Dave Westerveld introduces you to some of the high-level considerations in API security and helps you to understand the distinction between authorization and authentication.
- [Instructor] One of the more difficult parts of working with an API is security. Since APIs can be used programmatically, they can be attacked in many different ways. We need to be careful in designing them. And so there's a lot of thought and effort that goes into making sure that they're secure. This is good, but sometimes it can make it a little more difficult to work with APIs that need authentication. There's a number of different protocols that can be used to secure an API, and we'll get to them a bit more in future videos. But I want to start with understanding the difference between authorization and authentication.
So in security you hear these two terms, and it's sometimes hard to distinguish exactly what they are. But it's good for us to understand the difference between them. So in essence, authentication is about verifying who you are, and authorization is about verifying what you can do. Now, that sounds pretty abstract and it's hard to get your mind around. So let's think this through will a real-life example. Let's say you're at a restaurant and you want to order an alcoholic beverage. They ask to see your ID. Your ID allows them to both authenticate and authorize you.
They can authenticate that you are who you say you are by matching up the picture on your ID. And they can verify that you are indeed using the proper ID, and they can also authorize you. By looking at your birthdate, they can figure out how old you are and see if you're old enough to be served alcohol. So let's summarize this. Authentication is are you who you say you are? And this is an example of matching up the picture and the name on an ID. So are you Dave Westerveld? Your ID has a picture and a name that allows them to authenticate that you are who you say you are.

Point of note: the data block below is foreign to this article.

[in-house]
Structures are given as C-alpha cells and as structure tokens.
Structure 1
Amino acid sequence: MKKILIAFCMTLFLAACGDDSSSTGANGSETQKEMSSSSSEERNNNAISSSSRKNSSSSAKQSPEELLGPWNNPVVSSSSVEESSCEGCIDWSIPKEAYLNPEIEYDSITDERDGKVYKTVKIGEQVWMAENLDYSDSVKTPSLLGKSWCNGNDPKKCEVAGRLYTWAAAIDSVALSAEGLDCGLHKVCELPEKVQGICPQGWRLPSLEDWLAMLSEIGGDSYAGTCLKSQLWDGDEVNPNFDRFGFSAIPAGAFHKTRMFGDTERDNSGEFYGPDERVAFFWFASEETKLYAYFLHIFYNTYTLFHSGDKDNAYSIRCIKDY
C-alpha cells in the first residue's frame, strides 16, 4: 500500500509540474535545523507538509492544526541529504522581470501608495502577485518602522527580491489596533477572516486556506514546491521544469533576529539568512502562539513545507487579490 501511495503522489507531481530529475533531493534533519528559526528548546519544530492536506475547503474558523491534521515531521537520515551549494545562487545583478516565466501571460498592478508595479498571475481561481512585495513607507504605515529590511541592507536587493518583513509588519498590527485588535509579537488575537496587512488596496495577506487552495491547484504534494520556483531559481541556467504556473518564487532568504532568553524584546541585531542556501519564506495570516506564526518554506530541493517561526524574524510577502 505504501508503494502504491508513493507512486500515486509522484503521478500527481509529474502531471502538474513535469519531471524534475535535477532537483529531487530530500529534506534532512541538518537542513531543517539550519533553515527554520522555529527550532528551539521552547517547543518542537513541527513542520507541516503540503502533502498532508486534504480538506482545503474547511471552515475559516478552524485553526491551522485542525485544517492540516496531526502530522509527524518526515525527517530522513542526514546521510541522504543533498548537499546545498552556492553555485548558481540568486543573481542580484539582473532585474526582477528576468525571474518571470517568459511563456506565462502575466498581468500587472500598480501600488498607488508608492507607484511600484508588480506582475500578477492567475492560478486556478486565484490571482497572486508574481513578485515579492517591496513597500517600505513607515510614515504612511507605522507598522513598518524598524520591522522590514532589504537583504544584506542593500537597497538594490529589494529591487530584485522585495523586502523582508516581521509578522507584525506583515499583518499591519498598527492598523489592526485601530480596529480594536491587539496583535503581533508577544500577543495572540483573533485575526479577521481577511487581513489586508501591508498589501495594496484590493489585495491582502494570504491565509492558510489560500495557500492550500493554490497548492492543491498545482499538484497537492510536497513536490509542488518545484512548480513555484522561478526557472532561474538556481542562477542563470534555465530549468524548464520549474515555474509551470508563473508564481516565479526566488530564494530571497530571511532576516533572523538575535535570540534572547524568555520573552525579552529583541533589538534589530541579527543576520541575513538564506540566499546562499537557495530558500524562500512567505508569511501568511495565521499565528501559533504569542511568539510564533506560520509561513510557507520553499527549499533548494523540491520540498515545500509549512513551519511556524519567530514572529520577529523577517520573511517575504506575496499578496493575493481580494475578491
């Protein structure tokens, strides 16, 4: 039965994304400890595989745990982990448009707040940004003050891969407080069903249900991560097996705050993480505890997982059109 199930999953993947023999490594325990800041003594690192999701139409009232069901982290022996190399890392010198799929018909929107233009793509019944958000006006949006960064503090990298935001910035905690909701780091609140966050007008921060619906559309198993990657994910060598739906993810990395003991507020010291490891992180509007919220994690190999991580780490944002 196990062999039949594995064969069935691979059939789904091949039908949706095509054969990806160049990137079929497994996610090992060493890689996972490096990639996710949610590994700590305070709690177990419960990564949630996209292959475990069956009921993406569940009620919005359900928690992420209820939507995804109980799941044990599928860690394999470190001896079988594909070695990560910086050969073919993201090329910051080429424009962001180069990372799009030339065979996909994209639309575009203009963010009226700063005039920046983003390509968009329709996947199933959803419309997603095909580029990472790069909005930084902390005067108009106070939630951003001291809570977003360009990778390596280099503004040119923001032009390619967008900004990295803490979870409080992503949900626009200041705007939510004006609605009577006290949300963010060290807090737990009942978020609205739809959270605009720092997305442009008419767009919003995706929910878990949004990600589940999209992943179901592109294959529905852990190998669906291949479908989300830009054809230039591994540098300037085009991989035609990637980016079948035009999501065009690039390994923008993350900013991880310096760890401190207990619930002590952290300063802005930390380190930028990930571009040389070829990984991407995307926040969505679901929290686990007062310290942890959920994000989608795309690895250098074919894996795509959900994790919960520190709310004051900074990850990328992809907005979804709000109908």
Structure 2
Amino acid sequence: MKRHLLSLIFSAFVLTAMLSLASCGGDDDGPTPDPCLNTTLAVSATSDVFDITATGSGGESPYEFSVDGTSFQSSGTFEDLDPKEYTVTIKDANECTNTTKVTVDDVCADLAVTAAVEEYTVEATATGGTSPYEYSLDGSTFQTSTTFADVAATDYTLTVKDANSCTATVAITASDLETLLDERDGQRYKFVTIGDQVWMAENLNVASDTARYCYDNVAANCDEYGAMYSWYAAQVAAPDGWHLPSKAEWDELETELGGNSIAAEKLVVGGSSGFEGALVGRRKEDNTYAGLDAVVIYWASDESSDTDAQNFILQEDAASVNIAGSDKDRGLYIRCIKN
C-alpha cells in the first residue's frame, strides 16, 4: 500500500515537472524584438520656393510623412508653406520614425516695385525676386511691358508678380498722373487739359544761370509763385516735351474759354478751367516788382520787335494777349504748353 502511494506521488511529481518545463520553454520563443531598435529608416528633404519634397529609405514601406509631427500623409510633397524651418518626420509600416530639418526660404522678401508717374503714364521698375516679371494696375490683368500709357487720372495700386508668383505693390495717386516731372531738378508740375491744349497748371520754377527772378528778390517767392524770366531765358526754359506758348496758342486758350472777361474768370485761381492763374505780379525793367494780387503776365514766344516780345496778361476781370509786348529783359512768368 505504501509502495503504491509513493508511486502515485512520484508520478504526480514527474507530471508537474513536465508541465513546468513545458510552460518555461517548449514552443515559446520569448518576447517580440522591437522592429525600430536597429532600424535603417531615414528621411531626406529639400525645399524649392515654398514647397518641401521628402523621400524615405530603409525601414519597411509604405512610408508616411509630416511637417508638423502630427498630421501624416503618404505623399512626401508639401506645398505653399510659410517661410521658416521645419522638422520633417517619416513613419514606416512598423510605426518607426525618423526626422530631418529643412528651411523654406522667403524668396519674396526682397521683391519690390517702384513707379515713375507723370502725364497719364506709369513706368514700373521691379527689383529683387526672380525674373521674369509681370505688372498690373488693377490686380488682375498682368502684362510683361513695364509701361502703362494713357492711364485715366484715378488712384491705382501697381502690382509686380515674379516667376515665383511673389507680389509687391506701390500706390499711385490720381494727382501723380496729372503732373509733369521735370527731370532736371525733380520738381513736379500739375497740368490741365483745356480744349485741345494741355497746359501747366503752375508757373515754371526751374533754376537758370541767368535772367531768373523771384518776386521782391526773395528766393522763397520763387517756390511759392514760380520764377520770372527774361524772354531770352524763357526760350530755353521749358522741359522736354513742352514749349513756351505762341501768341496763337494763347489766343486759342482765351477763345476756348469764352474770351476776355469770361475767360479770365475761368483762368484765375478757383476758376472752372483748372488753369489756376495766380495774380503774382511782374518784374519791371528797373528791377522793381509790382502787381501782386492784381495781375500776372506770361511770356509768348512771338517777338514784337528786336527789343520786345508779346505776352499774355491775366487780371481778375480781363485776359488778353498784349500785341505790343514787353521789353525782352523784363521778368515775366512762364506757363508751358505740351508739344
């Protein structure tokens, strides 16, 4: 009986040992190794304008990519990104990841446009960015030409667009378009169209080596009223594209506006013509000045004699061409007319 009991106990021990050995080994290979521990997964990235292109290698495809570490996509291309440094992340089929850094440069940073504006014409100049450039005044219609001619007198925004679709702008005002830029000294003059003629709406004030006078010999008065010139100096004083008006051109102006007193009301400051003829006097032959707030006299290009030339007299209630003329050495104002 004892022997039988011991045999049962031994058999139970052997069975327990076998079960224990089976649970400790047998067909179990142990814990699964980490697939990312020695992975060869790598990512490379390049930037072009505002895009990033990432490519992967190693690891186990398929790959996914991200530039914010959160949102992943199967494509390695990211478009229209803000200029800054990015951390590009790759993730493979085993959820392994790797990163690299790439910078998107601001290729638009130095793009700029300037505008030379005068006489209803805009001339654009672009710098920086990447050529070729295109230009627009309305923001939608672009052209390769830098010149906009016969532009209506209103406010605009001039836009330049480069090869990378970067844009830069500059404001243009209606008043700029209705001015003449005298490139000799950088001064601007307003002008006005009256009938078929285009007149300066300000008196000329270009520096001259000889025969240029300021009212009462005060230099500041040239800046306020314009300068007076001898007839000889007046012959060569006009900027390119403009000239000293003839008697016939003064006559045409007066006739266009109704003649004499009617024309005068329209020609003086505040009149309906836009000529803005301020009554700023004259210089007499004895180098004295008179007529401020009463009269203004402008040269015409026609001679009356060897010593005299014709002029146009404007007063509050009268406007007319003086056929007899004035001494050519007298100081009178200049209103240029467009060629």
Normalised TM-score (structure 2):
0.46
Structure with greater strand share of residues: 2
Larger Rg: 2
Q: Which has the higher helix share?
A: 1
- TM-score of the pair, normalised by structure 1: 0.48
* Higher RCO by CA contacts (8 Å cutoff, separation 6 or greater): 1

And then the second aspect of it is authorization. Are you allowed to do what you're asking to do? So this is looking at your ID and seeing the date of birth and saying, are you old enough to be served alcohol? Are you authorized to have this happen? Now, much the same as with your ID, in API security we usually combine the authorization and the authentication together. And so you only need to give one token, or one ID badge if we think of it as a ID, that can be used to validate both your authentication and your authorization in one step.
So we'll dig into some more ways on how to do this in the next few videos, but hopefully this helps to make those grounding concepts a little more clear for you for now.
- Reviewing API terminology
- Mitigating risks related to testing APIs
- Mapping out the layout of an API
- API authorization and authentication
- Finding and using bearer tokens
- Testing GET, POST, PUT, and DELETE calls
- Using mocks, stubs, and fakes in API testing
- Testing microservices and the Internet of Things